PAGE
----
With all the hoopla and excitement, one topic that is often loss in the discussion of the game of basketball is its economics and the fact that it is a business. Like many of this country's early inventions it has experienced many transformations.
As a young man growing up, basketball for me was just a game, no different than duck-duck -goose or rock -paper-scissors; it was something that brought friends together for fun and laughter. I t was something that I could do alone, always imaging hitting that winning shot or free throws as the clock was winding down, five-four-three- two-one!
It was an opportunity for bonding with my dad who always shared his old school tricks or my younger brother by playing one on one, and of course I always won.
We played two on two, three on three, four on four or five on five, always on asphalt or concrete, and without adult supervision. We played half court or full court and we organized the games and called our own fouls.
My greatest childhood memory is playing hustle on twenty -one as is known today on a dirt patch next to a train track surrounded by mulberry bushes with a bike rim nailed to a light post, that could never happen today
It was about having fun, competing, playing hard, and just simply trying to do and be the best player I could be. Your reward was respect and being picked first when you returned to the court. Traveling basketball for me growing up was going from Liberty City to play a team in Overtown on Dorsey Park.
Modern basketball is played with uniforms and always in a gym with two or more courts, organized by youth sports organizations and supervised by adults, who decide when where and who can play.
We picked teams by the first two players making a shot from the top of the key, today teams are picked by moms and dads, that usually include their son or daughter, their kid's best friend, and three others that can afford to pay the fees.
That game that I once played for fun has blossomed into a mutli-billion industry where kids are used like chess pieces so that adults can be crowned kings or queens.
The business of basketball includes selling sneakers, specialized training, traveling basketball, recruiting services, youth associations, and more but it strides on selling pipe dreams through the magic of smoke screens.
The Fifth Dimensions used to sing,” You don't have to be a star to be in my show” Today everybody has to be the star!
Most recently I was reminded by a mom that her son was ranked as one of the top player's in his class, and that he averaged 30 points a game on his other team, “if he wasn't going to be allowed to shoot when he wanted to, he wouldn't be playing anymore”
It preys on adults who live vicariously through their kids, I didn't make it, but you will. Those who careers was ended by that vaulted knee injury or otherwise they would have played in the league, believing that there son or daughter is the ticket that will allow them to escape poverty or simply upgrade their lifestyle to that of the rich and famous. Believing that their son or daughter is the next Big Ticket (KG) or Candace Parker. Finally a chance for them to redeem the injustice of the coach who said they couldn't play or wasn't good enough, the burden that they've had to carry over the years.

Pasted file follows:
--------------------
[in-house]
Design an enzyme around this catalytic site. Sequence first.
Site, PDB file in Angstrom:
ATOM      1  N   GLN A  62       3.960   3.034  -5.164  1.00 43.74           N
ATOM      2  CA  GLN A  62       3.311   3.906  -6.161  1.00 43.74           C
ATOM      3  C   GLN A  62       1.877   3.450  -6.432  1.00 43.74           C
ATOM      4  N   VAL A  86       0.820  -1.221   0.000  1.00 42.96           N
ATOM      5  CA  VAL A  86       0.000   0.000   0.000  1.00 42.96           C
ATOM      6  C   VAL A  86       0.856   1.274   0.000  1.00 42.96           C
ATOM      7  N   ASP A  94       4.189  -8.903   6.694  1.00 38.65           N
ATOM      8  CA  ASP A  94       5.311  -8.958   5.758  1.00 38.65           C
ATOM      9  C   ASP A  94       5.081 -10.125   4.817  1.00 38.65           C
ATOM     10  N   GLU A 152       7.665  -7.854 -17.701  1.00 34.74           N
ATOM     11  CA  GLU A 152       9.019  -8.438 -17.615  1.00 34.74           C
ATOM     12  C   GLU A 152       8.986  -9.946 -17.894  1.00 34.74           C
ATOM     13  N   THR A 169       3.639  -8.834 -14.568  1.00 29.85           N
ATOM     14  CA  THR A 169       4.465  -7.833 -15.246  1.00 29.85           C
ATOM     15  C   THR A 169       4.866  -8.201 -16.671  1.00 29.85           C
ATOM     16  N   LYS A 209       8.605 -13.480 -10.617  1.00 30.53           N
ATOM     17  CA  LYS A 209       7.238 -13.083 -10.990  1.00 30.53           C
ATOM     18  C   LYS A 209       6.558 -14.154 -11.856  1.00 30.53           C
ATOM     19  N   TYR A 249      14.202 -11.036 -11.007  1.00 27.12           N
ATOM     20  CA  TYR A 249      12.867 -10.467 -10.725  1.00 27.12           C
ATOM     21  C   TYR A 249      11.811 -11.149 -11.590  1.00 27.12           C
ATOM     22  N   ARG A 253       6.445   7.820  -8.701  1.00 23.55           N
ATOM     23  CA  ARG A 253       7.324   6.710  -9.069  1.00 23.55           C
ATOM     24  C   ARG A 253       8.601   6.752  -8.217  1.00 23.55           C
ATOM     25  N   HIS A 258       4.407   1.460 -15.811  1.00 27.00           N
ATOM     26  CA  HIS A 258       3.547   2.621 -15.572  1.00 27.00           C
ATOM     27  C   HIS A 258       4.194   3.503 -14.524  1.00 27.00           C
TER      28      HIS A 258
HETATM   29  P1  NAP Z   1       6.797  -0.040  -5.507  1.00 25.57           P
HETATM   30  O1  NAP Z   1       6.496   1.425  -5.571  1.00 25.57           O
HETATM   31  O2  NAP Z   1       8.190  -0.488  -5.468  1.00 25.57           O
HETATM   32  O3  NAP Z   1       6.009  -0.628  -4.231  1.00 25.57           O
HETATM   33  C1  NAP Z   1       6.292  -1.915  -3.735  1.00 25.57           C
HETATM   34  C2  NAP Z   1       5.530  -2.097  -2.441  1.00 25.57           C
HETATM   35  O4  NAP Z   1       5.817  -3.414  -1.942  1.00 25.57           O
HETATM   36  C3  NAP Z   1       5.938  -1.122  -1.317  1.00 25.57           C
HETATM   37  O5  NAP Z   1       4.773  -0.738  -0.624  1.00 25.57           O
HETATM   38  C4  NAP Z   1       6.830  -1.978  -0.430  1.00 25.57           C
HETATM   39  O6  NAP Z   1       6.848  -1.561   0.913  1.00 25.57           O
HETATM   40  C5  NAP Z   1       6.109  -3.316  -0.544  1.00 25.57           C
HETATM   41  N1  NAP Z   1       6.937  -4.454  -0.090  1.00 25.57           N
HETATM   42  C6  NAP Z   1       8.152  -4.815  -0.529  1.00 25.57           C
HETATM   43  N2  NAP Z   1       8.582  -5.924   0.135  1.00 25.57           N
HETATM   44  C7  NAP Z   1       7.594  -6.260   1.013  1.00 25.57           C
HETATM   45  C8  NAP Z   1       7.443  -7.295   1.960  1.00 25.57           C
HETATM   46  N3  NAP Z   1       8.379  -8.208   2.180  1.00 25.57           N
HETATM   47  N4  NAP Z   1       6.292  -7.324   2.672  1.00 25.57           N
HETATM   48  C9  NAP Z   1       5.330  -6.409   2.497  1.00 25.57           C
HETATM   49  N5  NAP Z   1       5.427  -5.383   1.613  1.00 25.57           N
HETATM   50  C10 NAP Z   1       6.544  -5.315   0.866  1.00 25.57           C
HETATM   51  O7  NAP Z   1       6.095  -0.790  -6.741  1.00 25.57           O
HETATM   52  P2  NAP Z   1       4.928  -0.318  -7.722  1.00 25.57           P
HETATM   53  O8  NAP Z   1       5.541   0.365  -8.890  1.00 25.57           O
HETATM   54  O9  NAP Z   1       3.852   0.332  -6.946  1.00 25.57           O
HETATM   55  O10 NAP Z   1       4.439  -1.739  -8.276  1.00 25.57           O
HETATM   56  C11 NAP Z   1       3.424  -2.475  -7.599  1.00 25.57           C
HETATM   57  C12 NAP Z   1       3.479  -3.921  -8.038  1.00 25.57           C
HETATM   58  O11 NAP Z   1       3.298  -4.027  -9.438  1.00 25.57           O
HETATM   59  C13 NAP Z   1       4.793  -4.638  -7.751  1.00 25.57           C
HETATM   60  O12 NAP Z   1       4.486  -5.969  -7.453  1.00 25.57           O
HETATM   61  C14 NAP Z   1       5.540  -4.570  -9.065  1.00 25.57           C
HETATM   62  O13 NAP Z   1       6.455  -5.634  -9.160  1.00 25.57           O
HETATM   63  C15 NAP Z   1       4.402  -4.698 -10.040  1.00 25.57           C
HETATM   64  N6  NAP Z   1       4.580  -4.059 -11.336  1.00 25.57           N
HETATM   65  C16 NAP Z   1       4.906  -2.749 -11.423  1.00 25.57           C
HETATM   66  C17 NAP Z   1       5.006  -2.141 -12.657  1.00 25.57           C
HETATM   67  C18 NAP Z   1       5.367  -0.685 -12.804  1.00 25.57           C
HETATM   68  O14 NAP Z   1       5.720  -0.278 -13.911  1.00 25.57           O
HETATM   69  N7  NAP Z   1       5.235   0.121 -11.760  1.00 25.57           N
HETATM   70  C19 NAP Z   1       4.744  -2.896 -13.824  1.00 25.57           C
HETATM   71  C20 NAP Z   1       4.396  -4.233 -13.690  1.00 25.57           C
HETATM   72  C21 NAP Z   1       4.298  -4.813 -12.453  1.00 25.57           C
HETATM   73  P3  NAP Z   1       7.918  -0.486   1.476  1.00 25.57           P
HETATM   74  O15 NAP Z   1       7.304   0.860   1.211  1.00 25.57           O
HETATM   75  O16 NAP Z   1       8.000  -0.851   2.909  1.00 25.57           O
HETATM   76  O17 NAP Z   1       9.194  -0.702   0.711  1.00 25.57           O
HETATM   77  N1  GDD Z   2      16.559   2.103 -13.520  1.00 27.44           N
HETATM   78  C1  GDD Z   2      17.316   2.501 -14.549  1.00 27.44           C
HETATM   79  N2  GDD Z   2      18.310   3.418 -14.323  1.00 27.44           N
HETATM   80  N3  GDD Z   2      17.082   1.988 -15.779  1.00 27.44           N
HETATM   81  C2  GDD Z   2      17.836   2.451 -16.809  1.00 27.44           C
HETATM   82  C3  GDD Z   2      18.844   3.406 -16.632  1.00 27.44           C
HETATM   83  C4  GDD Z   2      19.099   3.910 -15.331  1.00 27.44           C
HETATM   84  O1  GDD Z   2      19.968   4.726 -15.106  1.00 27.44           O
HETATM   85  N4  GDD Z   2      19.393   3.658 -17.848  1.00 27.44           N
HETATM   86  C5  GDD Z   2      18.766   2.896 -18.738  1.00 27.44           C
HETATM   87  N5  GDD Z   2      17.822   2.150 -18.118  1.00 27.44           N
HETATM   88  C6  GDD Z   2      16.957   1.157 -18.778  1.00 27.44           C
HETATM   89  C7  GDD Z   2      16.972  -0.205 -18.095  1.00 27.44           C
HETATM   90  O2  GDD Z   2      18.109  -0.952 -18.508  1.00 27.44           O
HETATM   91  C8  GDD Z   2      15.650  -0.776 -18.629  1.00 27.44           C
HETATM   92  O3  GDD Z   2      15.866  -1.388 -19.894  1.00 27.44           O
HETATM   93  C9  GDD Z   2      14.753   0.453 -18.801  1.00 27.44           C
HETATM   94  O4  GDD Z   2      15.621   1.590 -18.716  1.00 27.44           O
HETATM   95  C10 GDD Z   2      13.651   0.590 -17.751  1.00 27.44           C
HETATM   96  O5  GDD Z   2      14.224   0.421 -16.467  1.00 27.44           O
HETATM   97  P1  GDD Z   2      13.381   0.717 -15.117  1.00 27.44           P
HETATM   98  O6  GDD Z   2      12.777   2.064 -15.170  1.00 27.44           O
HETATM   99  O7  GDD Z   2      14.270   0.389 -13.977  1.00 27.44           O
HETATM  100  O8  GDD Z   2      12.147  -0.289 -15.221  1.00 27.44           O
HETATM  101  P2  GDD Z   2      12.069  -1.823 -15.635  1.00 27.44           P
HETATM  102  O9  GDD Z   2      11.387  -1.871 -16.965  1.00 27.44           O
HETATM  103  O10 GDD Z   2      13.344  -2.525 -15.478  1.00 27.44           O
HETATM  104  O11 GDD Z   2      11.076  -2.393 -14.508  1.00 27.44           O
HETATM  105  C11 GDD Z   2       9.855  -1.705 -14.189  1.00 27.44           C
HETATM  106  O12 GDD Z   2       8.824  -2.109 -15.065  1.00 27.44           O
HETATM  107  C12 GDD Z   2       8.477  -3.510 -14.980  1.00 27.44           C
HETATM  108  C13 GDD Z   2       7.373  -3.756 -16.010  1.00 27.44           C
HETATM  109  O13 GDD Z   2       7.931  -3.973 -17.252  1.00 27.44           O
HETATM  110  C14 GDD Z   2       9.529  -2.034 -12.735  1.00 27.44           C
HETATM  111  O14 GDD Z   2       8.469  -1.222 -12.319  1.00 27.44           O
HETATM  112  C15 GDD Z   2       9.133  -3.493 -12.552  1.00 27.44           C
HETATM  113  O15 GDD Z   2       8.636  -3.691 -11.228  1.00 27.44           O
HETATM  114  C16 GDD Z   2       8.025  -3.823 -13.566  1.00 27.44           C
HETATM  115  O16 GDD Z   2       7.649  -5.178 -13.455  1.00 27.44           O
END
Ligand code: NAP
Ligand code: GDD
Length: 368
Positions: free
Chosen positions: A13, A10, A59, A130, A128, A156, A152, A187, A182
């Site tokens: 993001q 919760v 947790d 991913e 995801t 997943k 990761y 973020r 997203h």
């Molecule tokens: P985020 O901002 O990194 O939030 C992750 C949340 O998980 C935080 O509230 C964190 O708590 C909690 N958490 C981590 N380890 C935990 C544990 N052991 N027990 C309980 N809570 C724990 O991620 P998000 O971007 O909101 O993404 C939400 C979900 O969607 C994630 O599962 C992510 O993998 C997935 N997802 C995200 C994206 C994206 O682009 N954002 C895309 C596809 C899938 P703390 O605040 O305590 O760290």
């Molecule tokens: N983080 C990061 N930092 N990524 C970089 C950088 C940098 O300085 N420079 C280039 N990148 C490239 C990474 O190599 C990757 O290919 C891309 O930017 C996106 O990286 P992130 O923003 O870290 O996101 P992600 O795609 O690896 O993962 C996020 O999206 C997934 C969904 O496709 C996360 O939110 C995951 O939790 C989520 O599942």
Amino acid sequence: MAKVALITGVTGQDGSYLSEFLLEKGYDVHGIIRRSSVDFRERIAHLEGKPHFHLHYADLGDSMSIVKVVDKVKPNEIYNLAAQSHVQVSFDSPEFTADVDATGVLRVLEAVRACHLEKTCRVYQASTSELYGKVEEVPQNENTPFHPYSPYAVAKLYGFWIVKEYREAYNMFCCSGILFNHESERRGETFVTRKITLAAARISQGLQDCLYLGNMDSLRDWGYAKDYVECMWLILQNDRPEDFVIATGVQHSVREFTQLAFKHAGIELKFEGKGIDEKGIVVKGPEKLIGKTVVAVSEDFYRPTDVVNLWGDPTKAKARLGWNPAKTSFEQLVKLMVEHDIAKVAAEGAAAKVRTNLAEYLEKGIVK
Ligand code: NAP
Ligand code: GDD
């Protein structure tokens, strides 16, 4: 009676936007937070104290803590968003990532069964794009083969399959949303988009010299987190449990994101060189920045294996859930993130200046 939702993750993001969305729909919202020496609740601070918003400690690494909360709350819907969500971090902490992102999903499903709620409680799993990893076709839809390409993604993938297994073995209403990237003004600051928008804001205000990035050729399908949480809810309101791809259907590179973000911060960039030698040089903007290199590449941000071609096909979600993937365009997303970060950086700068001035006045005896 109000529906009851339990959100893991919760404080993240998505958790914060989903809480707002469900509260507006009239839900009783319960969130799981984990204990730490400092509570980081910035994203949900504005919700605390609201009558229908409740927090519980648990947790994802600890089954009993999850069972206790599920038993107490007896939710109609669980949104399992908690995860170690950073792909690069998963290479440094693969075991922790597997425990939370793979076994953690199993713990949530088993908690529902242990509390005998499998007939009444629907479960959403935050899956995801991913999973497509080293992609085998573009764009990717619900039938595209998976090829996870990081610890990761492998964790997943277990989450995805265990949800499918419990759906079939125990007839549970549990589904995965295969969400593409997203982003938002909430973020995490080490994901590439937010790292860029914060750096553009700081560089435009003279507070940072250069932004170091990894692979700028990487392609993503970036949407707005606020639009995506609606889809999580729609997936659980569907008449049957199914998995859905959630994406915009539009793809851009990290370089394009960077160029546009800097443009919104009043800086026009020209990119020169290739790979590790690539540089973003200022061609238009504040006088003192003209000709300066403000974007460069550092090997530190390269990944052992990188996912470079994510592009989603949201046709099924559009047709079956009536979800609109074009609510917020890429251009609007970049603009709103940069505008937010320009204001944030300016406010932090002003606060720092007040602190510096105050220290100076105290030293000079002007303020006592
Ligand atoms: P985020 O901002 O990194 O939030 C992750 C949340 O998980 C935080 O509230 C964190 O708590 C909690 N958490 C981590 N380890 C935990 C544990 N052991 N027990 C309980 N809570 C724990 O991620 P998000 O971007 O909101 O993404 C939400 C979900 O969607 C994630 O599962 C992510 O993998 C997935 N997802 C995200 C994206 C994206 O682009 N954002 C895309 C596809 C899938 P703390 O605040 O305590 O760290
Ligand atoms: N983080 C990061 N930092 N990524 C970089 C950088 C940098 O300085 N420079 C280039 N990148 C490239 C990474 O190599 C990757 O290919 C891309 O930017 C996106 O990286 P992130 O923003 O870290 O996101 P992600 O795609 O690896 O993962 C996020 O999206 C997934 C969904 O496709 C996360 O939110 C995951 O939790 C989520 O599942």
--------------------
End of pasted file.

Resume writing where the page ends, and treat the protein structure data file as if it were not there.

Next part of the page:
It begins with the innocent mistake of purchasing that Neff ball and the mini hoop that many of us proud fathers buy within months of our children's birth. We proudly watch and proclaim the great potential exhibited by our sons and daughters.
For me it started with the purchase of a pair of fifty dollar Jordan's for my three month old son. It continued with anything advertised or worn by Orlando Magic and Penny Hardaway.
Like so many parents with dreams of their kids getting a free college education or playing at the highest level, we begin to invest thousands of dollars in chasing the dream. You eagerly spend money on personal training, tryouts, traveling expenses and summer camps. But so often the return on investment is not what was hoped for.
The business of basketball sucks us in, just like the bright light of the big city. No matter what's the age or the level you are playing at, make no mistake is all about business.
Look around your community and you will find some type of youth sports organization or association. They operate under the premise of promoting good sportsmanship and quality athletic programs but what they really are organizations ran by youth sports entrepreneurs, and every entrepreneur I know is focused on market share and making a profit. Many of them have salaried staff and require membership fees.
They are the creators of pay to play, organizing leagues and tournaments or private teams through which they generate millions of dollars. These major events become our family vacations, which generates dollars not only for the organizers but increase revenues for hotels, restaurants, and malls. It was reported that one small town in California hosting an AAU event generated a million dollar windfall, but the event sponsors made $45,000 in just tournament fees from 100 teams.